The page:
Unions Making Efforts to Protect Agency Fees in Light of Upcoming Supreme Court Case

On June 30, 2015, the U.S. Supreme Court agreed to take up the case of Friedrichs v. California Teachers Association - a case that challenges California’s “agency fee” laws.  While this case will not be heard and decided until next year, public sector unions in California are already mobilizing a response to this potential threat to their financial coffers.

“Agency fees” or as unions prefer to call them, “fair share fees” were incorporated into the Education Code in 2000, when Governor Gray Davis signed SB 1960.  This law amended the EERA and the Education Code to require public school employees in a unit covered by a union to either join the union as a condition of employment, or to pay the union a “fair share services fee.” This service or agency fee “shall not exceed the dues that are payable by members of the employee organization” and is generally limited to covering activities “germane” to collective bargaining.  (Govt. Code § 3546(a).)  An agency fee is not supposed to include the portion of a member’s union dues which goes to political causes.  The law explicitly allows, however, that the services provided under these mandatory fees may include “lobbying activities” that “secure for the represented employees advantages in wages, hours, and other conditions of employment in addition to those secured through meeting and negotiating with the employer.”  (Govt. Code § 3546(b).)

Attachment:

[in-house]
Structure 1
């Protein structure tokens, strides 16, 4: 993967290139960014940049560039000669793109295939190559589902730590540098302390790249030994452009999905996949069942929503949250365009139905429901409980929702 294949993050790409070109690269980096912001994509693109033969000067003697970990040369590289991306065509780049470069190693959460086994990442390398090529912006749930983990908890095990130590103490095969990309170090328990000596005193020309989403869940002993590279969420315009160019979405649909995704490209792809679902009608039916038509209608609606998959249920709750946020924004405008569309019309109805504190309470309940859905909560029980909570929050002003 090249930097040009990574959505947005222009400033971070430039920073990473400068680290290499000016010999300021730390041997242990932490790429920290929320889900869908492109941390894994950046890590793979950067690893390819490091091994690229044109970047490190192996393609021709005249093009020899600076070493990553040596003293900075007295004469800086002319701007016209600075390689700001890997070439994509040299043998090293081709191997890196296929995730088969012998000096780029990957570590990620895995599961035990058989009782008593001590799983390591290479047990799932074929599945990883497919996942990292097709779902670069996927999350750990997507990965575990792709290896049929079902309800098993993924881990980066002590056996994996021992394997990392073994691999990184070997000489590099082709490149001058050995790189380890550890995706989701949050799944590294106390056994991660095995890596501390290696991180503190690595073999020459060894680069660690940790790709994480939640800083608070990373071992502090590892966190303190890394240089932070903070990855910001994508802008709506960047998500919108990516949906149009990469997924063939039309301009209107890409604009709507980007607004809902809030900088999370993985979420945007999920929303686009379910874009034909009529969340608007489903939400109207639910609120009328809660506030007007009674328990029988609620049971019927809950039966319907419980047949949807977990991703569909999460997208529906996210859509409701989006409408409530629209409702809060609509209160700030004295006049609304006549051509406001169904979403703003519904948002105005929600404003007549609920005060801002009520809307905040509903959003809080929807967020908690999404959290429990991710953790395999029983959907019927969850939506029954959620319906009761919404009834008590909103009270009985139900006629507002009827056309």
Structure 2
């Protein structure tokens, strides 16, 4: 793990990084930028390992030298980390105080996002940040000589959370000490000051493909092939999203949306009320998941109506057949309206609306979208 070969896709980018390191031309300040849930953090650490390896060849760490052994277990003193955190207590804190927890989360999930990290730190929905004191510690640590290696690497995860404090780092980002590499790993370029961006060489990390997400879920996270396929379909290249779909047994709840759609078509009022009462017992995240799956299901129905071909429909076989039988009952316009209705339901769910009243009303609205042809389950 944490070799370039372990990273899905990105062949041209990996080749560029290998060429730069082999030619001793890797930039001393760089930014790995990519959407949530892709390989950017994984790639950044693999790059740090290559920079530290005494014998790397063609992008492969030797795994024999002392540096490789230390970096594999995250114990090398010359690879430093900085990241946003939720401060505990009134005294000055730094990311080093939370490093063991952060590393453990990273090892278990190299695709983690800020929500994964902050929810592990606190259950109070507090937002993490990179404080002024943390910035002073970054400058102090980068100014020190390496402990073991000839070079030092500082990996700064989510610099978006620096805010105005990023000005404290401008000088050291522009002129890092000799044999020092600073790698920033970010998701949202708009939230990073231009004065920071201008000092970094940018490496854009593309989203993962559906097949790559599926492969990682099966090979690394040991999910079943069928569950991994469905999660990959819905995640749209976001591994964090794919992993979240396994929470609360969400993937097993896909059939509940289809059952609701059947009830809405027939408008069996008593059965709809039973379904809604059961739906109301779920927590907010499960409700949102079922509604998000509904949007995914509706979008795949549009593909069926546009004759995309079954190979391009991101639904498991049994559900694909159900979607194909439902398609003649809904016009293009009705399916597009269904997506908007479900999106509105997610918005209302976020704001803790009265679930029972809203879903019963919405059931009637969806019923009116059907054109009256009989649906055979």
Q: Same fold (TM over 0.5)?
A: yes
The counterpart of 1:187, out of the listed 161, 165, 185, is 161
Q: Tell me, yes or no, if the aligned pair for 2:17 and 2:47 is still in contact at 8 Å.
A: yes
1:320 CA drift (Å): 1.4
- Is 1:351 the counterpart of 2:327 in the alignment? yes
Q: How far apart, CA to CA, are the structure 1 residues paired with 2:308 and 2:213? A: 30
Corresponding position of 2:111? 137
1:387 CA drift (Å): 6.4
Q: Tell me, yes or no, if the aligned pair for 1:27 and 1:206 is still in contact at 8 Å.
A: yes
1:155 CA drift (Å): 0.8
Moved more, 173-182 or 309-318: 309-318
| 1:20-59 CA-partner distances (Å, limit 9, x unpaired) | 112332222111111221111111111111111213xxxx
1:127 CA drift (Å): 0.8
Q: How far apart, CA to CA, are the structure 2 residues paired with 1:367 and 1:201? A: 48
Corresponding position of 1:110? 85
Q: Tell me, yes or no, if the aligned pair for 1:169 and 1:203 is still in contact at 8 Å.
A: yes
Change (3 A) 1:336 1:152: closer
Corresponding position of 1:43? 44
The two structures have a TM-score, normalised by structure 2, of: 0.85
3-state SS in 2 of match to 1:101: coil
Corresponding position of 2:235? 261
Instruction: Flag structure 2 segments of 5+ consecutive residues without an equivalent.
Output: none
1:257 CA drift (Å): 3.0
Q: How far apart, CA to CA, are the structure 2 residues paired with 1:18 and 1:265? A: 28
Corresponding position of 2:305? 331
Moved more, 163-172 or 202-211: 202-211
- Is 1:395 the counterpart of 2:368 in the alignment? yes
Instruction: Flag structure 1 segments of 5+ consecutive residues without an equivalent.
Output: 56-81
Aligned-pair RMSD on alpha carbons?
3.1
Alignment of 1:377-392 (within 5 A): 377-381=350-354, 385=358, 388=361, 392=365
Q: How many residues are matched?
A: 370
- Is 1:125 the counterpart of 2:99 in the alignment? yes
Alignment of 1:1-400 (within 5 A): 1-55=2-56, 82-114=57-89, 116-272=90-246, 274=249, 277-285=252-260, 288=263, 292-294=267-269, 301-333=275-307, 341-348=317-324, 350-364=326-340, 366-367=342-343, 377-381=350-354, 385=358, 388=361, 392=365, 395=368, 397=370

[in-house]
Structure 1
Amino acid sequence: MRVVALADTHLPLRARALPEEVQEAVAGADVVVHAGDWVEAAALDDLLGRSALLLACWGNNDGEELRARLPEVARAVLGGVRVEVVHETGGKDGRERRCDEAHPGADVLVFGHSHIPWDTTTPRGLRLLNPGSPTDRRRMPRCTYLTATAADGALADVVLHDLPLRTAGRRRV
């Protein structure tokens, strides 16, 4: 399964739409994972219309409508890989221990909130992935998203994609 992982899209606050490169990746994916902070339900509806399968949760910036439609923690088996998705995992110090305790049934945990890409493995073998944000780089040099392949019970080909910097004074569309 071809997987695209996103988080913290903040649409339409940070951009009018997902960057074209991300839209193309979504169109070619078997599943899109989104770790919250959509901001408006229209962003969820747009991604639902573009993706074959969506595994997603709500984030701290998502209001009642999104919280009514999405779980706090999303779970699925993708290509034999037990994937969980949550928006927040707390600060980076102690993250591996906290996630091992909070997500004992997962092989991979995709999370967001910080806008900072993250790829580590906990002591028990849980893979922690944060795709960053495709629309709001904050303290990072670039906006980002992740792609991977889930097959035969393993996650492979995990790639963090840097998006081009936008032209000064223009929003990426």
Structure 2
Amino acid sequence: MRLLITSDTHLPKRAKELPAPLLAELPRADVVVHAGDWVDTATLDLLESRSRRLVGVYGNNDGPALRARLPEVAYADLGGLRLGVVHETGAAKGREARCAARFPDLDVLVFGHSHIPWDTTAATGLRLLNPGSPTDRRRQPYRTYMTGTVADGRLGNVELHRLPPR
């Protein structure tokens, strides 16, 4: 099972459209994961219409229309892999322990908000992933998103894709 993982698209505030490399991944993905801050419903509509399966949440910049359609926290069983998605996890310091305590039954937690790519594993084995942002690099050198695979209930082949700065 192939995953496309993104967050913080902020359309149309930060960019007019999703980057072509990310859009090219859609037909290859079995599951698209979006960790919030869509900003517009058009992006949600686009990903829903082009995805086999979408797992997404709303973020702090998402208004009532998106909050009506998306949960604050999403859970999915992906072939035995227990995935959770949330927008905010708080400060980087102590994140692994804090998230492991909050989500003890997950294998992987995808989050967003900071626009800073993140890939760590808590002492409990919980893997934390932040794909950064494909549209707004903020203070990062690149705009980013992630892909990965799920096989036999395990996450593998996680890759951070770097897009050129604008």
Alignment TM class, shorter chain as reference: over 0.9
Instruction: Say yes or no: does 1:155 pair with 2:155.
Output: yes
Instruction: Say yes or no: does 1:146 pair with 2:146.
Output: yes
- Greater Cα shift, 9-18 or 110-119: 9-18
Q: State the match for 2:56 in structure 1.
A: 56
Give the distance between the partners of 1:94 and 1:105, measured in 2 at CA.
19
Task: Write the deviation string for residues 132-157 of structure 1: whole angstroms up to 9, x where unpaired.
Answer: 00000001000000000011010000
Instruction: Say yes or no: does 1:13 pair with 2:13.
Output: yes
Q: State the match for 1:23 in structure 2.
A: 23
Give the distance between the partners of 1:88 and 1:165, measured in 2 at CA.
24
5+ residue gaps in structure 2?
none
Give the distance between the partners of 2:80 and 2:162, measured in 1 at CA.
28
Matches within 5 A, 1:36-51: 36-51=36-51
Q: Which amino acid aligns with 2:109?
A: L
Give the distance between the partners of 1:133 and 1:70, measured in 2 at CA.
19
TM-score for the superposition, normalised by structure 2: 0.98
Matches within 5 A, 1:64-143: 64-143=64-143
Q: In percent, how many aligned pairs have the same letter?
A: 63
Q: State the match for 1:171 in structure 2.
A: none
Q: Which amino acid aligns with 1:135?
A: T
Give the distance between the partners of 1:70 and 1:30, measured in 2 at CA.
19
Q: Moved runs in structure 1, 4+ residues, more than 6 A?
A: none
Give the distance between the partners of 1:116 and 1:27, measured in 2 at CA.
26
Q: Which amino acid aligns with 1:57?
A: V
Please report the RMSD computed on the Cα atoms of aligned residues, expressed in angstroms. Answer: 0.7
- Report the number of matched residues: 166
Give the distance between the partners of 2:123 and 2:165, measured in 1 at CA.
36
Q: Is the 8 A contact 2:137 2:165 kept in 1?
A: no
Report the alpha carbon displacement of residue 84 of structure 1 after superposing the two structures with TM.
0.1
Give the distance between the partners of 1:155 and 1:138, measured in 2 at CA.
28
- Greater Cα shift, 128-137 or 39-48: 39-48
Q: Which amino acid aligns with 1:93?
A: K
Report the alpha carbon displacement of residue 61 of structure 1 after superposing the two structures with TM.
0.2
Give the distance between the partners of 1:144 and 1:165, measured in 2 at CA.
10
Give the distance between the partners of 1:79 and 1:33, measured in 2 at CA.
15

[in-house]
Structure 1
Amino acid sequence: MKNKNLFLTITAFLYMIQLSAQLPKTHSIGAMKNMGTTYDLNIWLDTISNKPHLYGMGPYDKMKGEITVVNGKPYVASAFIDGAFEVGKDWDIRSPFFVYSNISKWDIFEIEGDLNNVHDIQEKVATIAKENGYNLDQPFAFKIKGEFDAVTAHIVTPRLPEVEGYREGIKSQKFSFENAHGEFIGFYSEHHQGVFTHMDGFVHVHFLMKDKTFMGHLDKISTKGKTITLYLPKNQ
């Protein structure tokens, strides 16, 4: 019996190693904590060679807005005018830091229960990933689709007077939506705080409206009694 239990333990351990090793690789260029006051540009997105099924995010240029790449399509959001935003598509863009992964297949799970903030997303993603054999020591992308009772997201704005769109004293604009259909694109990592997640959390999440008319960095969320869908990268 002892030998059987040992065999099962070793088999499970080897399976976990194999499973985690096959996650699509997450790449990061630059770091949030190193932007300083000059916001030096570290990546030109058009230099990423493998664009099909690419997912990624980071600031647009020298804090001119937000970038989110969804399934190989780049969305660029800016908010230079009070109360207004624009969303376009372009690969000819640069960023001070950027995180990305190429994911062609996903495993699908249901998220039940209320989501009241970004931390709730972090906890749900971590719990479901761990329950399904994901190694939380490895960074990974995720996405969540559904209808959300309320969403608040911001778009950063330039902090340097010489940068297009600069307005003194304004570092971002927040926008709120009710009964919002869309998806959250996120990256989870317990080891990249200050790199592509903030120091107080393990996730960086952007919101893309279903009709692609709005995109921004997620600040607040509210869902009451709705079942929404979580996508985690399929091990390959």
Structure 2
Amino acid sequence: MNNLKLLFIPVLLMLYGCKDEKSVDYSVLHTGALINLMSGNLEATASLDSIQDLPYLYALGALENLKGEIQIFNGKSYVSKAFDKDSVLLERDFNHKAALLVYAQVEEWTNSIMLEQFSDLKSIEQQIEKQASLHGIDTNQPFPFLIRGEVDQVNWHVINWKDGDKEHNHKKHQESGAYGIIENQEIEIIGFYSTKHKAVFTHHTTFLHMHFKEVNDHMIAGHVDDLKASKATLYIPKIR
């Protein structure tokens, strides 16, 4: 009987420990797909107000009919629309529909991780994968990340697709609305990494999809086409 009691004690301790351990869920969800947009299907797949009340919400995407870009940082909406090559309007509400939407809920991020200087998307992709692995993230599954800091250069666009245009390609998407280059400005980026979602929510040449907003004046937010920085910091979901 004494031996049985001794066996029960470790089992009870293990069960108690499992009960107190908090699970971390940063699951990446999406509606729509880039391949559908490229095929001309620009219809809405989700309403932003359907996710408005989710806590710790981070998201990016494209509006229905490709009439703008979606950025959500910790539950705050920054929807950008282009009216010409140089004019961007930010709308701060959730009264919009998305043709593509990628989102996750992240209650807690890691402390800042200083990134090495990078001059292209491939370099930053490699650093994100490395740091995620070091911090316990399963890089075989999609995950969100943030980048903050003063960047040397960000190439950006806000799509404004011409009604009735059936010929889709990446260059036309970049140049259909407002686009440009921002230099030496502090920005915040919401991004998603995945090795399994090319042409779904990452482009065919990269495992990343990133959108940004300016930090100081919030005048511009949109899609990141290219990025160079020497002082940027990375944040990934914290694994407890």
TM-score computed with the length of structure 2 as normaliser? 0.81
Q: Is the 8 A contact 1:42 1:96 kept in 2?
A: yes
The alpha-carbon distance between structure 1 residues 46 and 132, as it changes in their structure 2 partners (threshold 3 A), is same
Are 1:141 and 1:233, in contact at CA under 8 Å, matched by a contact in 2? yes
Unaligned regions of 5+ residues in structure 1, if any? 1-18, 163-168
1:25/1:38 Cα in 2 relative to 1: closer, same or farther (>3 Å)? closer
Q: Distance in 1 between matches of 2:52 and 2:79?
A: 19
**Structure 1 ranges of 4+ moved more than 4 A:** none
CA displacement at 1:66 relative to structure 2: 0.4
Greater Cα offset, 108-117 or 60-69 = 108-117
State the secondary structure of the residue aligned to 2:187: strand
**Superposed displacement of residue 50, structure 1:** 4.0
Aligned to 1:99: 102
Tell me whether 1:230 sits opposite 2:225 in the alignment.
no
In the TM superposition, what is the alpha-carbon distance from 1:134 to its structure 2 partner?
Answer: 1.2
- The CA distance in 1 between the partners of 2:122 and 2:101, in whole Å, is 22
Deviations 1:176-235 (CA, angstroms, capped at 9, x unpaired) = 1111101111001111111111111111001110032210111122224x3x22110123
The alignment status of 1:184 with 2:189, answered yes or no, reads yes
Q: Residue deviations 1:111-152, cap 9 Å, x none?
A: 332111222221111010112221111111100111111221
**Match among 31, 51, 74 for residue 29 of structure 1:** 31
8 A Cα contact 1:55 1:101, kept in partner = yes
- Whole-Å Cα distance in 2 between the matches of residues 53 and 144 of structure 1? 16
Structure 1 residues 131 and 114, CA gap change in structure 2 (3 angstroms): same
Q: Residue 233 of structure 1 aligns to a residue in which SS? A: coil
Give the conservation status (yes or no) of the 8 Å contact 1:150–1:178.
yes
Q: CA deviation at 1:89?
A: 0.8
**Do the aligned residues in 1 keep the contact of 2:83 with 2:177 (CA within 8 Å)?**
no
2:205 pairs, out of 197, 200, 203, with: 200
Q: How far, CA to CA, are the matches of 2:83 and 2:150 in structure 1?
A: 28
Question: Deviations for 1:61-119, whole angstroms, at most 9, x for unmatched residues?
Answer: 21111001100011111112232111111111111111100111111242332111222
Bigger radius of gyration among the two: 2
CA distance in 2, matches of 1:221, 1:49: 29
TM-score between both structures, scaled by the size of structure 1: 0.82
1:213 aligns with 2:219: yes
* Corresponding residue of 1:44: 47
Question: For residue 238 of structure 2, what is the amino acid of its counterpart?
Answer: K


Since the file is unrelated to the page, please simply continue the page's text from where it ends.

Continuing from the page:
Friedrichs v. California Teachers Association, was filed by 10 public school teachers who had resigned their union membership.  They argue that these laws forcing them to pay agency fees violate their free speech rights.  They assert that union activities, including collective bargaining, inherently involve policy and political issues.  For example, state law authorizes teachers unions to bargain over “class size,” a hotly debated policy issue.  Plaintiffs further argue that even basic bargaining over wages and hours is a political matter as it involves the spending of tax dollars and the size of government.  By requiring them to pay an agency fee to cover these union activities, the Friedrich plaintiffs argue that they are being compelled to support a political position they may not agree with – in violation of their right to free speech.  If the Friedrich  plaintiffs were to prevail, the U.S. Supreme Court could rule that public employees cannot be compelled to pay any dues or fees to their bargaining unit.

Oral argument dates have not yet been set by the U.S. Supreme Court in the Friedrichs case, and a decision is unlikely to come out until late next year.  However, California public unions are already making efforts to protect agency fees in advance of a potential negative outcome.  For example, during the last week of the legislative session, reports surfaced that labor groups were attempting to slip language into a bill that would allow unions to provide a 30-minute orientation to all new employees during work hours.  This would essentially allow unions to lobby new employees to voluntarily join the union in an effort to reduce the number of those who would opt-out.  (See Cadelago, California Union Fees Case Spurring Late-Session Talks at Capitol.)

Districts should expect additional legislative and lobbying efforts by public sector unions over the next year to attempt to protect their coffers and preserve agency fees.

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